Skip to main content

Panbang Boys

A group of eleven passionate Panbang boys came together in 2012 and formed the first community-based ecotourism company. They call it the River Guides of Panbang. They are river guides. They work in a group and are so good at what they do. They are highly enterprising people in Panbang known for their commitment to their mission.

One of their aims is to work for the "preservation of the rich biodiversity under the corridor of Royal Manas National Park" while creating eco-tourism in the locality. They own two rubber boats and provide tourists an unforgettable experience of floating on the mighty Manas river.

In March 2016, when I was there, the Group was busy building a line of eco-camps, away from Panbang town. The camp is built with the financial support from Bhutan Foundation on one of the members' private land. These camps are built using wood and bamboo, sourced locally. While they may appear like rows of village houses, roofed traditionally using leaves, they would be fitted with latest amenities, I was told. It has been many months since and it would certainly be a great pleasure to see how they have turned up after everything was complete. We were also told that Bhutan Foundation would be conducting their Board meeting at the camp.

The camp will attract many visitors to the place and also provide unique experiences of staying in a remote village but also enjoy modern facilities and float down the Manas with the trained 'river guides'. The eco-camp will also be a wonderful place to conduct workshops, conferences and retreats during winter months.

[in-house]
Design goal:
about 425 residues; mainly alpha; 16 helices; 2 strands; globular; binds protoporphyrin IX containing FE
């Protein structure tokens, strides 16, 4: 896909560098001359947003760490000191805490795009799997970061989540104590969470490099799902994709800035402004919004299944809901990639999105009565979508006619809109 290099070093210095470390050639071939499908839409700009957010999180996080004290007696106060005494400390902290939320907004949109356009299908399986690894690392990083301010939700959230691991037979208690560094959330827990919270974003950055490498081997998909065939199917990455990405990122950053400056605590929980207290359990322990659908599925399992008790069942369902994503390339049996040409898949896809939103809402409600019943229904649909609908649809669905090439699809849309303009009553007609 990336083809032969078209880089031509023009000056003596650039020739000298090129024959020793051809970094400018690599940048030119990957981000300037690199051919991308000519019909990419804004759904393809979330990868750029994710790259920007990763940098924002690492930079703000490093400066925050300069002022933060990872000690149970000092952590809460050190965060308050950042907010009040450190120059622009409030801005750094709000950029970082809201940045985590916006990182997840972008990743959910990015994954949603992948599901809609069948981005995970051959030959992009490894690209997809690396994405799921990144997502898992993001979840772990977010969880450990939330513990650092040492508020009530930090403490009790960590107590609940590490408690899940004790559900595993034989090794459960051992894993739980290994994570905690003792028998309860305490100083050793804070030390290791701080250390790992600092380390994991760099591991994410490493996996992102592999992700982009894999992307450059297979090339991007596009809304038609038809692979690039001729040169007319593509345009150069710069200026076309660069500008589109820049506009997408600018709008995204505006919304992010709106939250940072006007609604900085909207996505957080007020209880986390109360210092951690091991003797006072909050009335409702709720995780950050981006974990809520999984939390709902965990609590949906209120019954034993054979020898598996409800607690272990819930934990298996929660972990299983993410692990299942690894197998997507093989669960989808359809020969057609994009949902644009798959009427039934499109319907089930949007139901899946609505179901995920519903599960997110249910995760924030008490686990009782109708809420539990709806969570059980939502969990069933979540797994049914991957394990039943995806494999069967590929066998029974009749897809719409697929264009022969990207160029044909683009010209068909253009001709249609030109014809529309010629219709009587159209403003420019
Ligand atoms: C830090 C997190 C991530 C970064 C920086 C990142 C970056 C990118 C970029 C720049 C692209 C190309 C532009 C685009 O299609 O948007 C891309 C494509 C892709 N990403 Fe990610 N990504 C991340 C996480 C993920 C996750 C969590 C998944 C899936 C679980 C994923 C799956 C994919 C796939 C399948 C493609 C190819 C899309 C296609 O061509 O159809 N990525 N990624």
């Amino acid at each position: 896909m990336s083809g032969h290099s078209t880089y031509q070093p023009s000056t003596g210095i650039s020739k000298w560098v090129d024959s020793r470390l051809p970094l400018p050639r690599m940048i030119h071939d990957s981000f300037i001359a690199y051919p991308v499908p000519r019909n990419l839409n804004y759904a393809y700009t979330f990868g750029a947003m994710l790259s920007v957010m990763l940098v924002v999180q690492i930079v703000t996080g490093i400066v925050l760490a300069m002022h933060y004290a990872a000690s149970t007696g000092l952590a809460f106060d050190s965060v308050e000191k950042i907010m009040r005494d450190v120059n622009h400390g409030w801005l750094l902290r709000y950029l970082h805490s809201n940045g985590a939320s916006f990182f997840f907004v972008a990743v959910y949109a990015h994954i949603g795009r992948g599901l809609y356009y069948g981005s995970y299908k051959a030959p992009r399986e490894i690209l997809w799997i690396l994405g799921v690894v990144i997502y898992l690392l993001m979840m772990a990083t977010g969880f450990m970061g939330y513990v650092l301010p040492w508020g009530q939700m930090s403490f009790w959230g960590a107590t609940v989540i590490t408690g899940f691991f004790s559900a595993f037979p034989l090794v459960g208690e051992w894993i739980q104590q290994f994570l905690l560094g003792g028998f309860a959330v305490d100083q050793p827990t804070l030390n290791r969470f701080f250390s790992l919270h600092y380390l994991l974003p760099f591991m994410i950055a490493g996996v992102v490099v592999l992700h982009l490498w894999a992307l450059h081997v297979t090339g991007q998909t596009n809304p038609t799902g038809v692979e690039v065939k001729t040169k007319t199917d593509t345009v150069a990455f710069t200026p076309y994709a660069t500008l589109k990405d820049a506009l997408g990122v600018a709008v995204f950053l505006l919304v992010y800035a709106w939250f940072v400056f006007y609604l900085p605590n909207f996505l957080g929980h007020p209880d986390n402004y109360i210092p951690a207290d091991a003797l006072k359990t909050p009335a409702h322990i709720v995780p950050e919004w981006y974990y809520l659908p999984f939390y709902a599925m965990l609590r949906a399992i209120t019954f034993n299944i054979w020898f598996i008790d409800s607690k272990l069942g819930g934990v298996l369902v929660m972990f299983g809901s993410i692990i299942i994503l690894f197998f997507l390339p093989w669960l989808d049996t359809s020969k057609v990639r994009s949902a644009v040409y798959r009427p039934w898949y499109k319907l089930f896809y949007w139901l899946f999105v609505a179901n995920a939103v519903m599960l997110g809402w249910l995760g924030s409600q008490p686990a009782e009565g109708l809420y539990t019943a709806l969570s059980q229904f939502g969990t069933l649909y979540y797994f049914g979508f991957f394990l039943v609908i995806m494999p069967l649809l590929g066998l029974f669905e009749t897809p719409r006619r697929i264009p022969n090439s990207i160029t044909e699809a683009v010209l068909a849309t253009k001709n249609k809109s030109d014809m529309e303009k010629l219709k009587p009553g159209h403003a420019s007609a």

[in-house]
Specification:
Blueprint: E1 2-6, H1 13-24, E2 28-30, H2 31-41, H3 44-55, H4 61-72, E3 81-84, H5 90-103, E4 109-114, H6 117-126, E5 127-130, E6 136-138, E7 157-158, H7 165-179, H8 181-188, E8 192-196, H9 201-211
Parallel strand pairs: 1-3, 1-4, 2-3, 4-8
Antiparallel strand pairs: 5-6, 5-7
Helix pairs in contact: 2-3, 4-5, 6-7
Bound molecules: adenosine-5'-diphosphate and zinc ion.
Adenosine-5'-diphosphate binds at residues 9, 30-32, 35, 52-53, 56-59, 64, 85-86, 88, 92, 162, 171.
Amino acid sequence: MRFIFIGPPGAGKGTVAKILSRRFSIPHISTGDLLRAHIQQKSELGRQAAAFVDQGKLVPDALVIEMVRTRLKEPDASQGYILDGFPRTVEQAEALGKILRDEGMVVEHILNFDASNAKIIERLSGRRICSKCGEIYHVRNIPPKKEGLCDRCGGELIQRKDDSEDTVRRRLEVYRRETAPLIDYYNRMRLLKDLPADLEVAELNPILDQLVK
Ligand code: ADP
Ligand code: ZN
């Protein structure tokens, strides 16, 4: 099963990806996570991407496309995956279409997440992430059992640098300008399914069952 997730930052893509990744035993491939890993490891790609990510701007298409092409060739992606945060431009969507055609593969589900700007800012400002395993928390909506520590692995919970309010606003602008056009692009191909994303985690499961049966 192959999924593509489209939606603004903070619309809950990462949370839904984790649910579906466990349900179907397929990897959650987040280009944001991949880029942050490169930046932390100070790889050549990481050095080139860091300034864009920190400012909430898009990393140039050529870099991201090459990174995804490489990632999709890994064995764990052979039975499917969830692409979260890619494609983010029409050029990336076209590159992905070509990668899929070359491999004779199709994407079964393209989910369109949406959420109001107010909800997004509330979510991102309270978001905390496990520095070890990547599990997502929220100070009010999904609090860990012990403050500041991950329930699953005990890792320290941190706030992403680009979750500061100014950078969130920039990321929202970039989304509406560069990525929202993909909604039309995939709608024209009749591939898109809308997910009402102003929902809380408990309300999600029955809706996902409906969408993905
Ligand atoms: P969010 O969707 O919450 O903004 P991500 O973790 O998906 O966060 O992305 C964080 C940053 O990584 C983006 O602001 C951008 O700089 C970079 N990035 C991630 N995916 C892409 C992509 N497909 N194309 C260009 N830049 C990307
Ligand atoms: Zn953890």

Some of the members are my former classmates and schoolmates. I have great respect for these people for literally venturing into an untraversed water and having succeeded in capturing the market. Today, the place attracts hundreds of Indian tourists, bird watchers, adventurers, photographers.

Panbang is a small town in Zhemgang under Ngangla Gewog and is now becoming the center of major economic activity. Before the coming of Gomphu-Panbang National Highway, one had to travel through India to reach the town from bordering places like Gelephu, Phuentsholing, Samdrup Jongkhar and Nganglam in Pema Gatshel.

Panbang today has a lower secondary school and a middle secondary school, a BHU (Basic Health Unit), RNR (Renewable Natural Resource) Center, branches of Bank of Bhutan and Bhutan Development Bank. 

Note: River Guides pictures by RGP while the eco-camp pictures are from my personal collection

Comments

  1. I think the Panbang boys truly deserve a big round of applause for such a wonderful initiative. Thank you for sharing their extraordinary story. I am sure what they are doing is worthy of emulation. They should be the role models for today's youth.

    ReplyDelete
    Replies
    1. Thank you Amrit sir for going through this post and leaving a comment. Panbang Boys are truly remarkable and I hope they continue to inspire many more youth to make village more interesting!

      Delete
  2. Innovation leading self employment. Doing something different from what mass do is a formula for success. Thumbs up Panbang boys. And your writing always inspires.....

    ReplyDelete
    Replies
    1. Thank you for going through the post. Panbang boys are inspiring indeed. They have found out their niche and maybe one day our young people who are loitering in Thimphu and other towns will soon find their calling in rural villages. That way we can to some extent reverse the rural-migration trend that worries us all.